Of course, for the millions of people who currently encrypt their phones, adequately protecting the sensitive data they contain is absolutely a form of physical protection.
A weakly encrypted phone, if lost or stolen, is a Pandora's Box of dangerously personal information: names, addresses, contacts, and photographs, to say nothing of the detailed calendar and appointment information that can act as a map to an individual's daily activities, or those of their children.
Likewise, with the increasing prevalence of app-based "smart devices" for the home, including security systems, a poorly encrypted phone is essentially a remote-controlled index to doing one physical harm.
Typically, of course, the "arms" considered for Second Amendment protection have been traditional firearms. Last month, however, the Supreme Court rejected the state's arguments in the case of Caetano v Massachusetts, in which the state held that the plaintiff did not have a Second Amendment right to a "stun" gun, in part because it was "a thoroughly modern invention."
In a per curiam decision, however, the Supreme Court sent the case back to the state, with the forceful assertion that "the Second Amendment extends, prima facie, to all instruments that constitute bearable arms, even those that were not in existence at the time of the founding."
Even this inclusive view of the Second Amendment, however, does not preclude limitations on the types of weapons that individuals can use. As McLively points out, "The Second Amendment doesn't protect the right to pick the gun we want."
Does that mean that the government could eventually mandate the use of only the "smart" guns described in President Obama's executive order earlier this year? Could the right to bear encryption be limited to only allow encryption that allows "exceptional access" for law enforcement, as the recentBurr-Feinstein bill would require?
"If it's reliable and it works," says McLively, "all the government would have to do is show that access to only smart guns is just as respectful of self-defense."
Unless online banking is suddenly outlawed, the "dangerous" uses of strong encryption are somewhat beside the point
The problem, of course, is that to date neither smart gun nor "exceptional access" encryption technologies have been able meet that challenge of being "just as respectful of self-defense."
Despite decades of research and development on both fronts, smart guns "can and will be jailbroken," as Ars Technica co-founder Jon Stokes put it in an LA Times op-ed in January, and encryption that allows access for law enforcement is no longer protective. A group of prominent computer security specialists—among them Whitfield Diffie, an author of an essential protocol for securing internet connections—recently detailed why "exceptional access" to encryption technologies is no more tenable today than it was 20 years ago.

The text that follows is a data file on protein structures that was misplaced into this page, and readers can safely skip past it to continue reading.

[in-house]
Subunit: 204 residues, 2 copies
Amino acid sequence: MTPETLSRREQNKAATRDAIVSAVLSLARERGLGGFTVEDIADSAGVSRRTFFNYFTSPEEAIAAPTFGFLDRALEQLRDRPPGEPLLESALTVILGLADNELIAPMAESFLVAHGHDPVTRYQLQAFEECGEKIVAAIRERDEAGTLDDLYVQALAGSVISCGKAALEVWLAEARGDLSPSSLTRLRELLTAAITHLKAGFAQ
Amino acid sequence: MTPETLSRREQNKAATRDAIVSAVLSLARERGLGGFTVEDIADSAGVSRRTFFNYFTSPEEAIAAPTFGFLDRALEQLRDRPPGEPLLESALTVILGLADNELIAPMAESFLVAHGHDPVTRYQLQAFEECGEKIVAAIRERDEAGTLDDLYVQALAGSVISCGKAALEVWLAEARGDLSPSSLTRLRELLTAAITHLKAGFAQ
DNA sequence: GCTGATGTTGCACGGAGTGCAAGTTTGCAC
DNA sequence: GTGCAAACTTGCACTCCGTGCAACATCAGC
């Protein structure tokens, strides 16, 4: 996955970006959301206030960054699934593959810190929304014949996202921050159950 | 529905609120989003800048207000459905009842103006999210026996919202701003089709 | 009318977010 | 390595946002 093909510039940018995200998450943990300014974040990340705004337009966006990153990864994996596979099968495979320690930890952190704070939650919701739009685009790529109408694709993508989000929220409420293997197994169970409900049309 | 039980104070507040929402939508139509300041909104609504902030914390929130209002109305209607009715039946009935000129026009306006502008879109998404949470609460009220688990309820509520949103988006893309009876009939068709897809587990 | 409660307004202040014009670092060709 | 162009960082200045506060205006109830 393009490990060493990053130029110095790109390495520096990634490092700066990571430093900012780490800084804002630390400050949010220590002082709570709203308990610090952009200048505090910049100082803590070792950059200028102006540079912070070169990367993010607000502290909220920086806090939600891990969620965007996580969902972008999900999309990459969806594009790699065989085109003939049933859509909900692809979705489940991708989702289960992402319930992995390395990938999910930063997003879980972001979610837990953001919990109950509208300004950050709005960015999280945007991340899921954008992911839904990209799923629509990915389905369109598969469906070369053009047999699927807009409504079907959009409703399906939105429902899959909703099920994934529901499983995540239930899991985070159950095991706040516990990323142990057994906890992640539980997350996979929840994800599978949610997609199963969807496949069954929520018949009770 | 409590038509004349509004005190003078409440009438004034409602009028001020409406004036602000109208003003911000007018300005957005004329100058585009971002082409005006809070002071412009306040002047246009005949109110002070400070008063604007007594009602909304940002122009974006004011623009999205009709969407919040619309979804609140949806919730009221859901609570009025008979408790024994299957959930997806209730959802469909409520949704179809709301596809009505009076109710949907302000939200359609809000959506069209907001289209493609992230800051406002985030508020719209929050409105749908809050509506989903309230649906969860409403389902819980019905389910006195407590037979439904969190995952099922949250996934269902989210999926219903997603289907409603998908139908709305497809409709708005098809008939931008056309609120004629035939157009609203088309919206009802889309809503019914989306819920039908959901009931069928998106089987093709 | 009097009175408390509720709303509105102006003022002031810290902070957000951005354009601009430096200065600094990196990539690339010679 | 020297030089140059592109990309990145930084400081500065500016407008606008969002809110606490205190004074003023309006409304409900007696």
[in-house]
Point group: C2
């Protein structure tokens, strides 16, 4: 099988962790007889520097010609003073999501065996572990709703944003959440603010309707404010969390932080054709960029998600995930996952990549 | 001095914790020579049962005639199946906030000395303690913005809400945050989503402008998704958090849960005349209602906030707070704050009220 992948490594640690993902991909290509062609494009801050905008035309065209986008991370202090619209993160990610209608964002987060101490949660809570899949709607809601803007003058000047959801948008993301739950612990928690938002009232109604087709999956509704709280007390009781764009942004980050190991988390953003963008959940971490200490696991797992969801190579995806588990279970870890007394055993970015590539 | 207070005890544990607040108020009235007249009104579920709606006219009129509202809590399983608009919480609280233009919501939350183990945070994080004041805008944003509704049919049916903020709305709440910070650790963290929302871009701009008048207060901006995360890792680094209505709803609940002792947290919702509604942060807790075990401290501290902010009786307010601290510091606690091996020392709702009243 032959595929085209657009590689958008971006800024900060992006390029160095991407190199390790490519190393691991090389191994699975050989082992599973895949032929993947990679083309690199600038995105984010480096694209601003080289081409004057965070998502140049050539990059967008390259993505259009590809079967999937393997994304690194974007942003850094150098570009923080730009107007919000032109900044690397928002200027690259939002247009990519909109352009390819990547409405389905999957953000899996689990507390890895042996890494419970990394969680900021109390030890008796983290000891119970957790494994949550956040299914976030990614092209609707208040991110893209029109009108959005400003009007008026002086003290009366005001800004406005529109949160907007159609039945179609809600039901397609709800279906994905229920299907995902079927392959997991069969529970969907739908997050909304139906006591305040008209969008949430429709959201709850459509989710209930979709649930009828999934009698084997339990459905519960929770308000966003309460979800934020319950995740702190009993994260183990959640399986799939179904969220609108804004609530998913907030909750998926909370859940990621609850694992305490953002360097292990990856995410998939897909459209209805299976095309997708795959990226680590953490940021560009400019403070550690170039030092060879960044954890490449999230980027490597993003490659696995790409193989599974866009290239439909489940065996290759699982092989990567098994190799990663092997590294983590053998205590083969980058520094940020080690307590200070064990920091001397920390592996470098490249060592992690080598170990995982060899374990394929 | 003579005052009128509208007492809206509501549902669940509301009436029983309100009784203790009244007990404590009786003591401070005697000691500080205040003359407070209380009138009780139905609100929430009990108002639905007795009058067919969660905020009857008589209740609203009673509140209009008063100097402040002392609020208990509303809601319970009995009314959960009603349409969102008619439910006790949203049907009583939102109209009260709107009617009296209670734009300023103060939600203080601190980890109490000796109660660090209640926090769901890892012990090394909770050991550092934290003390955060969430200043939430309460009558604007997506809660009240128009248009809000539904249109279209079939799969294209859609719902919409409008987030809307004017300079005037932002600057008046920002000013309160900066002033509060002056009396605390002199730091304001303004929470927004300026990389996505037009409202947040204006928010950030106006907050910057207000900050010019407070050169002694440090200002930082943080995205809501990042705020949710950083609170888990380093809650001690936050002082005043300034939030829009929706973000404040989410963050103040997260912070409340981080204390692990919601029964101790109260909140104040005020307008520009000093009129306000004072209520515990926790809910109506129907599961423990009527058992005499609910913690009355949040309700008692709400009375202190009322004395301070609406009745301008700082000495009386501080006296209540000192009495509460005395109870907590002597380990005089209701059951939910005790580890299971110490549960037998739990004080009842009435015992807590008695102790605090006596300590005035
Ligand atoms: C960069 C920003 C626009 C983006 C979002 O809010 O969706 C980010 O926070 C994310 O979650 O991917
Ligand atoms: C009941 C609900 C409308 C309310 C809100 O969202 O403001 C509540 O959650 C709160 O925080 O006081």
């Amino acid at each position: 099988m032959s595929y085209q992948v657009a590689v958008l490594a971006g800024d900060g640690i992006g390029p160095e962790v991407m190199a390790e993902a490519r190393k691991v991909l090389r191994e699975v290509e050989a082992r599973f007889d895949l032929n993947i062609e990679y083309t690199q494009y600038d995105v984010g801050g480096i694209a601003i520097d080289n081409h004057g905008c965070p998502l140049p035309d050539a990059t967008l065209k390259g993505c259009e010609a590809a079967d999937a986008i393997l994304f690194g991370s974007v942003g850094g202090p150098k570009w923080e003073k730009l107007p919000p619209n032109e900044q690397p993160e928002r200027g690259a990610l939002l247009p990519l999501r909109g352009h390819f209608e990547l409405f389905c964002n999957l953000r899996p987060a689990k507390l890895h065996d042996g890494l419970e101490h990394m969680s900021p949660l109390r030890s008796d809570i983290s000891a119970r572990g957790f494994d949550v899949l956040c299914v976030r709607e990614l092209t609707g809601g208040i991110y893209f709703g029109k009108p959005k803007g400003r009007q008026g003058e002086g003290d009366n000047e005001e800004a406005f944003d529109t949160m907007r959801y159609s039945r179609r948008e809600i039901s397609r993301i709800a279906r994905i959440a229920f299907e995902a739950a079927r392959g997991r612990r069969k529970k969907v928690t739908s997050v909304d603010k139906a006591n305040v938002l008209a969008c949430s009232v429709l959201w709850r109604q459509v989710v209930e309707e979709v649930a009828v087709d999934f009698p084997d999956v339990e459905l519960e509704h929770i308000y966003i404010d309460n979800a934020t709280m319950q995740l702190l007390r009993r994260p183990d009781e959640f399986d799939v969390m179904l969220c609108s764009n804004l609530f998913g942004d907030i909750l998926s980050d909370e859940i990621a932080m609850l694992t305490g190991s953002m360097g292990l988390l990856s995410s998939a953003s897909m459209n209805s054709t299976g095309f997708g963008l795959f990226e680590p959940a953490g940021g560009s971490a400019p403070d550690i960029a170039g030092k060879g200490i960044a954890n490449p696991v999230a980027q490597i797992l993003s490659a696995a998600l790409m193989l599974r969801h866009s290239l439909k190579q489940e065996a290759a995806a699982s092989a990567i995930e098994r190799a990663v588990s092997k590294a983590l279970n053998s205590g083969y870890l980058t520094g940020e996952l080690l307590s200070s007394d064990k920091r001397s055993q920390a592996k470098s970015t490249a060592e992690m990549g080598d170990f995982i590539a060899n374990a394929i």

Considering crypto under the Second Amendment is more than a semantic trick. It can help shed light on whether—and where—appropriate limits on individuals' right to encryption should lie.
Traditional firearms and encryption technologies both have the capacity to protect and destroy; and both can be put to both lawful and criminal use.
At SXSW this year, President Obama asserted that technologies like strong encryption "can empower folks who are very dangerous to spread dangerous messages," and there is little doubt that encryption technologies, like guns, can be used in dangerous ways.
But of course most of the technologies protected by the Second Amendment are inherently dangerous—otherwise they wouldn't be much good for self-defense. Sensibly, then, the test for whether or not a weapon is protected by the Second Amendment does not rest on whether or not it is dangerous.
Instead, it is the dominant application of a technology that affects its eligibility for constitutional protection. As Justices Alito and Thomas wrote in their Caetano opinion, "the relative dangerousness of a weapon is irrelevant when the weapon belongs to a class of arms commonly used for lawful purposes." So unless online banking is suddenly outlawed, the "dangerous" uses of strong encryption are somewhat beside the point.
Whether "weapons of offense, or armor of defense"—whether firearms or encryption technologies—the Second Amendment "extends...to all instruments that constitute bearable arms."
In the fight to protect ourselves from having our medical records altered through identity theft or our physical whereabouts tracked from a stolen phone or laptop, the stakes can truly be life or death. When it comes to self-defense in the digital age, strong encryption is the only weapon we have—we need to protect it.